Most airline chief financial officers and cargo heads are expecting profitability to improve in the next 12 months, according to the International Air Transport Association (IATA) business confidence index.
In its survey 78 per cent of respondents said profitability would improve before 2016.
This compares to 70.5 per cent saying there would be an improvement in the business confidence index from January 2014. Confidence in the likelihood of profitability increasing in the next 12 months fell in the April survey last year to 60.4 per cent, before slowly rising to 62.2 per cent and 65 per cent in the July and October surveys, respectively.
Of those surveyed for the January 2015 index, 68.3 per cent saw improvements in the last three months, up from 55.8 per cent in January 2014.
IATA says of the industry’s profitability: “Financial performance started to improve in the second half, after no gains in the second quarter, and the outlook remains positive, which suggests there will be further growth in profitability.”
Respondents to the January index report input costs falling because of reduced oil prices, a situation which is expected to continue into 2015. Of those respondents, 68.3 per cent say costs have fallen in the last three months and 67.5 per cent expect costs to fall in the next 12 months. While 12.5 per cent anticipate an increase and 20 per cent say there will be no change. In the January 2014 survey, 36.6 per cent expected input costs to fall over the next 12 months, while the percentage expecting no change or an increase was 31.7 per cent each.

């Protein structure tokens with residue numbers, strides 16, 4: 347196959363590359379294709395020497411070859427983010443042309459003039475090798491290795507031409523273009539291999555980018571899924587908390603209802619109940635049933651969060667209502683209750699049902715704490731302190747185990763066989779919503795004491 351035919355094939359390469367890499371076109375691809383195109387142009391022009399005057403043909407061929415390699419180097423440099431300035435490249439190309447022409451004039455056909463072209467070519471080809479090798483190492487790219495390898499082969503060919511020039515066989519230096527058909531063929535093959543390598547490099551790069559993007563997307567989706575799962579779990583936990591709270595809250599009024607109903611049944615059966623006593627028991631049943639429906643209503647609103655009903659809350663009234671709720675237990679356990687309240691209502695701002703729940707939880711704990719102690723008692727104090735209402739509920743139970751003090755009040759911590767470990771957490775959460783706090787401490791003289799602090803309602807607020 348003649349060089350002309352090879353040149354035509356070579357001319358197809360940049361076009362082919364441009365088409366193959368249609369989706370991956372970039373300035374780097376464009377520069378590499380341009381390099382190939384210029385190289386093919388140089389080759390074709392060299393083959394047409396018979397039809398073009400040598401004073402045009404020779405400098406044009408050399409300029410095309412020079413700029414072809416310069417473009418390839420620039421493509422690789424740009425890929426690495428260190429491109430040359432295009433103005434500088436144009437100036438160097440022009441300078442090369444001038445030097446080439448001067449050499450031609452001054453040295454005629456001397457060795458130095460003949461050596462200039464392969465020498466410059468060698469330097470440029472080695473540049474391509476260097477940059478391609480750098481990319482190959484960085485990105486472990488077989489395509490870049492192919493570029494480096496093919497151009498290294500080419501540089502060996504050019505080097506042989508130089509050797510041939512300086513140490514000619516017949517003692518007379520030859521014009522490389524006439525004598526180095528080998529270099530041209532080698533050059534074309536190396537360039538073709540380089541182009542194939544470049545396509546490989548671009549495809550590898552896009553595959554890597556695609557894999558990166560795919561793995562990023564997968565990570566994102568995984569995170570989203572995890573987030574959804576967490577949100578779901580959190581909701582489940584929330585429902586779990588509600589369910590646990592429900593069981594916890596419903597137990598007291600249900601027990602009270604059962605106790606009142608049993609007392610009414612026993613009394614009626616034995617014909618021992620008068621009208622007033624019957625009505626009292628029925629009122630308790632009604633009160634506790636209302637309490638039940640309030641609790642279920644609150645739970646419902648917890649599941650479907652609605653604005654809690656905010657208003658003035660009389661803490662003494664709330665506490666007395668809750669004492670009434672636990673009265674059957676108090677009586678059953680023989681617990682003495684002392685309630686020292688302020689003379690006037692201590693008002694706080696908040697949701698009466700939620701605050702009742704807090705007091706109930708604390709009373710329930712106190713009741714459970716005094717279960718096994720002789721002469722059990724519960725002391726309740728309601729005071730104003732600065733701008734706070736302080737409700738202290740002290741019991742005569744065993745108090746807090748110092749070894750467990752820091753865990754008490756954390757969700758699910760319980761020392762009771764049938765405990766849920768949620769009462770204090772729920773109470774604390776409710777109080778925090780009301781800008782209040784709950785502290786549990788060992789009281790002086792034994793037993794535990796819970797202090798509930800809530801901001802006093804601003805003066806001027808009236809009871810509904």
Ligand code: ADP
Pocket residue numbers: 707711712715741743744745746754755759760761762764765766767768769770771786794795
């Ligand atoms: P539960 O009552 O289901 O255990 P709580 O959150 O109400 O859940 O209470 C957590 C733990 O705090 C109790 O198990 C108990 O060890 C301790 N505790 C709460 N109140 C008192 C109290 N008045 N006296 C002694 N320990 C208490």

According to IATA, the reason for the oil price fall is because, “crude oil prices, and therefore jet fuel prices, have declined due to several factors, including increasing oil supply in the US as well as a strengthening US dollar.”
Respondents are also reporting increased growth rates, with 56.8 per cent saying cargo volumes have risen over the past three months, compared to 10.8 per cent seeing decreases. Asia Pacific and North America are the regions reporting the biggest improvements in volumes.
Over the next twelve months, 71.4 per cent say they are expecting cargo volumes to increase and 2.9 per cent think growth will decrease, while 25.7 per cent anticipate no change. In January 2014, 66.7 per cent expected to see an increase, 2.6 per cent expected a decrease and 30.8 per cent anticipated no change.